“In principle, according to the Ministry of Health, AISs shouldn’t be doing them, but on the ground, the CSPSs have staff shortages and so they have to involve the AISs.” ECD, male, Kaya.

“Everyone does them. In any case, everyone who carries out consultations does them.” AIS, male, urban CSPS, Zorgho.

However, RDTs were essentially performed by health centre personnel. Community health workers, even though they were involved in the curative management of malaria in patients’ homes, did not perform the tests.

The logics guiding RDT use: pre-eminence of symptoms

The logic that was guiding RDT use varied greatly from one health professional to another and from one health centre to another. Nevertheless, there was an observed tendency to use RDTs routinely whenever they were available. In most health centres, when they were available, RDTs were performed for most patients, but for different reasons. The first had to do with the acceptance of, and compliance with, national directives regarding the management of suspected malaria:

“As this is a programme, all we do is follow it; we’re the ones who carry it out. Whatever the decision-makers decide, that’s what we do.” Licensed nurse (IB), male, urban CSPS, Zorgho.

Another had to do with the presence of colleagues or students during consultations; these additional human resources were helpful in managing workload, coping with numbers of patients, and improving test accessibility. In certain situations RDTs were not systematically used, for reasons related to service organization (such as when the RDTs were kept in a location that was not accessible to everyone) or to workload.

It was mainly the symptoms described or presented by patients that guided the use of RDTs: fever/body heat, headache, diarrhoea and vomiting (in children).

“As for myself, in particular, I don’t systematically do RDTs on every patient who comes in; it depends on the symptoms. If a patient comes in with a cough, I don’t see the need to do an RDT if the patient isn’t reporting any aches and pains, headaches, intermittent feverno symptoms to suggest malaria. And then there are three or four phases of fever that could lead us to suspect malaria; so if I suspect malaria, I do an RDT to be sure, and even in cases of diarrhoea, if it’s accompanied by fever, I do an RDT because malaria can cause diarrhoea.” IDE, male, urban CSPS B, Kaya.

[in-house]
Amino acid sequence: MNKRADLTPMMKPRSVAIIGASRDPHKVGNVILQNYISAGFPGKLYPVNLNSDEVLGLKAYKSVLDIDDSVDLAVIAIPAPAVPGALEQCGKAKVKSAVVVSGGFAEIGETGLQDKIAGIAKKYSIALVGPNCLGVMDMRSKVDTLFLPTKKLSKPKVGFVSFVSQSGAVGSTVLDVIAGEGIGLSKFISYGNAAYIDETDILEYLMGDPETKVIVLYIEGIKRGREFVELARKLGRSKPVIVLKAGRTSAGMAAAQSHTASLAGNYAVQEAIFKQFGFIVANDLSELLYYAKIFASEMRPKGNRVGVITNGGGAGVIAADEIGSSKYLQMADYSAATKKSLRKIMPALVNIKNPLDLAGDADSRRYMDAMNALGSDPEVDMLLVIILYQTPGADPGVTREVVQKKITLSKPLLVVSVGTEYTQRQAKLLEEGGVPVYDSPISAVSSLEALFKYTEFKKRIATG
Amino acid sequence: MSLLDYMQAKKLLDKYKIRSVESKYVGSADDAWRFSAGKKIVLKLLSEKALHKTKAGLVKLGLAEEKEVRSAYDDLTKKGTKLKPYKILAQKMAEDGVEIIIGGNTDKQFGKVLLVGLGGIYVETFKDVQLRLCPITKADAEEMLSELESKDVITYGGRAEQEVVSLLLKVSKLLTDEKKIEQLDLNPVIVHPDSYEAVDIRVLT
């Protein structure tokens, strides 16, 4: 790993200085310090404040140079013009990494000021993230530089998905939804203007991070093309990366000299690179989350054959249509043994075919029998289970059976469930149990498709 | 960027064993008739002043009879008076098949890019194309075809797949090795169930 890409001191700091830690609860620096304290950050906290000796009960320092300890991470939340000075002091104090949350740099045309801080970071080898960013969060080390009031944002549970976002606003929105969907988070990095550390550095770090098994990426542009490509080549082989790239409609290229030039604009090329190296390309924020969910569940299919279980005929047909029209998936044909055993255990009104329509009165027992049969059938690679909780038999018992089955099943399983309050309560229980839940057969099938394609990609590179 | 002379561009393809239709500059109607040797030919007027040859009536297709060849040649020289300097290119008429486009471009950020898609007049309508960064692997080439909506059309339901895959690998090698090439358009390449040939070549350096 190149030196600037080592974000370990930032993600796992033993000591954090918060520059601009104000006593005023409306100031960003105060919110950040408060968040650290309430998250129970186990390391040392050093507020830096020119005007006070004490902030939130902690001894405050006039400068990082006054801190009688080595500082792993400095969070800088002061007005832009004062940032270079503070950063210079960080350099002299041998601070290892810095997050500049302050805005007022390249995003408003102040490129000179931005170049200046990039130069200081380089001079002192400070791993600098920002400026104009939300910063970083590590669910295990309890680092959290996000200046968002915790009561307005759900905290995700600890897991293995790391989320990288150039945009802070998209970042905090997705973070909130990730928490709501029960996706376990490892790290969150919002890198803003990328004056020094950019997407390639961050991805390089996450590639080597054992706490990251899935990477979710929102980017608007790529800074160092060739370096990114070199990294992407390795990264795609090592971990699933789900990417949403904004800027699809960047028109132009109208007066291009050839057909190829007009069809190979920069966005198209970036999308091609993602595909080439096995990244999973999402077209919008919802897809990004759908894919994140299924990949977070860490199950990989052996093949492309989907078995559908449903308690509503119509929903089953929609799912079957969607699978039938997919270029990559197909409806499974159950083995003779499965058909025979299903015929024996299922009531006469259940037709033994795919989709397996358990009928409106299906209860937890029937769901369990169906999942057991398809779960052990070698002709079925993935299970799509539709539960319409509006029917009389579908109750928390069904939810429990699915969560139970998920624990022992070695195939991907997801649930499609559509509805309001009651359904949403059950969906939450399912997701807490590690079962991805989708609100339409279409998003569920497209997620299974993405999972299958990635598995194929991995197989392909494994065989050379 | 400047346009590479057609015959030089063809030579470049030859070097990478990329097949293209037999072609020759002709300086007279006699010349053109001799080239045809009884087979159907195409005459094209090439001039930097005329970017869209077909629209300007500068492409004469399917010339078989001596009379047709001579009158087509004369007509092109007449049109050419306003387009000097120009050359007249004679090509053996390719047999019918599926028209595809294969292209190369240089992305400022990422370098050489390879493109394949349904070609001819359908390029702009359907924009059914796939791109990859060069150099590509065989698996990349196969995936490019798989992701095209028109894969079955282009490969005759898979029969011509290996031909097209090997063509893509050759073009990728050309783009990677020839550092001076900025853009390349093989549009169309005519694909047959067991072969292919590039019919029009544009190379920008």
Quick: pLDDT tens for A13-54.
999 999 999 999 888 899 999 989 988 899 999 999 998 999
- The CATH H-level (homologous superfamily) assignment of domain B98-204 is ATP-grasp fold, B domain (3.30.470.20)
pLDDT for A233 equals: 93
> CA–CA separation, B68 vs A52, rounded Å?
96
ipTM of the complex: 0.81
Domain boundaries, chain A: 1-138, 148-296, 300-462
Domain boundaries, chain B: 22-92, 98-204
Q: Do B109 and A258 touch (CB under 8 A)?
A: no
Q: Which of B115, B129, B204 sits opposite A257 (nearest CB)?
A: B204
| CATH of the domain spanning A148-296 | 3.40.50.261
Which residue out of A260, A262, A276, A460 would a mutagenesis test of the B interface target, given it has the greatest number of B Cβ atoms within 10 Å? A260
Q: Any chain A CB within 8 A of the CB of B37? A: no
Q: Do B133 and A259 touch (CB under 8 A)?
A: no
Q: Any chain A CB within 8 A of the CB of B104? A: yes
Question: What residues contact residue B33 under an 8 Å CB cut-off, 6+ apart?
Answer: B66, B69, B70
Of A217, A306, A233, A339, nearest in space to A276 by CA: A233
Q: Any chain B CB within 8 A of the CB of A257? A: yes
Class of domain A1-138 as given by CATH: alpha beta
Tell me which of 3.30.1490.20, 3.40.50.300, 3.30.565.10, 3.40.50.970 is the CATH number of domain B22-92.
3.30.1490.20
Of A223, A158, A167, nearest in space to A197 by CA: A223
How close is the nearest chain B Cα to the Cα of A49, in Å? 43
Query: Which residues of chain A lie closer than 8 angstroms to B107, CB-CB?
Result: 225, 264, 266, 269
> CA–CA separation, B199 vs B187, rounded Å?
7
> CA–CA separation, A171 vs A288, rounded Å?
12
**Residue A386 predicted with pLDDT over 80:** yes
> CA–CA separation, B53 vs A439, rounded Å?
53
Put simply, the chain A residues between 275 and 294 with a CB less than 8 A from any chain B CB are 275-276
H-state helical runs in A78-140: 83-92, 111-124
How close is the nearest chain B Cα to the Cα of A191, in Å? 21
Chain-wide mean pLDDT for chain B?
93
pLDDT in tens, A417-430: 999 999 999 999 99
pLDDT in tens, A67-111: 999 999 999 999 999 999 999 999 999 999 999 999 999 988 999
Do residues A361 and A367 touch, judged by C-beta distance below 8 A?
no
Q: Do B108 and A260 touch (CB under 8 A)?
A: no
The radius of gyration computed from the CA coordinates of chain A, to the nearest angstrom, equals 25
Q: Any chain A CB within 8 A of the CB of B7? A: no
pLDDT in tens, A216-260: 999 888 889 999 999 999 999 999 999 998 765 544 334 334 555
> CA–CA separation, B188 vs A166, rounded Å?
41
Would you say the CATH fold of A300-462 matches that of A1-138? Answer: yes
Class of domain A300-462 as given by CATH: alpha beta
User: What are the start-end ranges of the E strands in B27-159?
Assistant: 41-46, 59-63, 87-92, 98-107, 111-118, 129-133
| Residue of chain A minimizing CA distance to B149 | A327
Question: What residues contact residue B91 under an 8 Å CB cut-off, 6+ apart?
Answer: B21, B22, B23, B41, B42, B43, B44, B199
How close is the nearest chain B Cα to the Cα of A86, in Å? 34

The most frequent symptom prompting the use of RDT was fever. However, fever was not considered in isolation, as it “is not necessarily synonymous with malaria”, as one health professional noted. Respondents referred to other pathologies, such as typhoid fever or otorhinolaryngological infections (e.g., pneumonia, bronchitis) that could cause fever. Conversely, according to the health professionals, “the absence [of fever] does not exclude malaria”. Respondents asserted that, according to this logic, the test should be done systematically for all patients, in the spirit of comprehensive patient management.

However, all these logics clearly only applied when the tests were available. Yet this was not always the case, such that health professionals had to fall back on using clinical symptoms to reach their diagnoses. Thus, the new definition of malaria adopted by the health system in 2010 to incorporate RDT results makes sense only if the RDTs are available. Even when they are, however, presumptive diagnoses continue to have a place in patient care.

Prescribing practices: official directives and empirical practices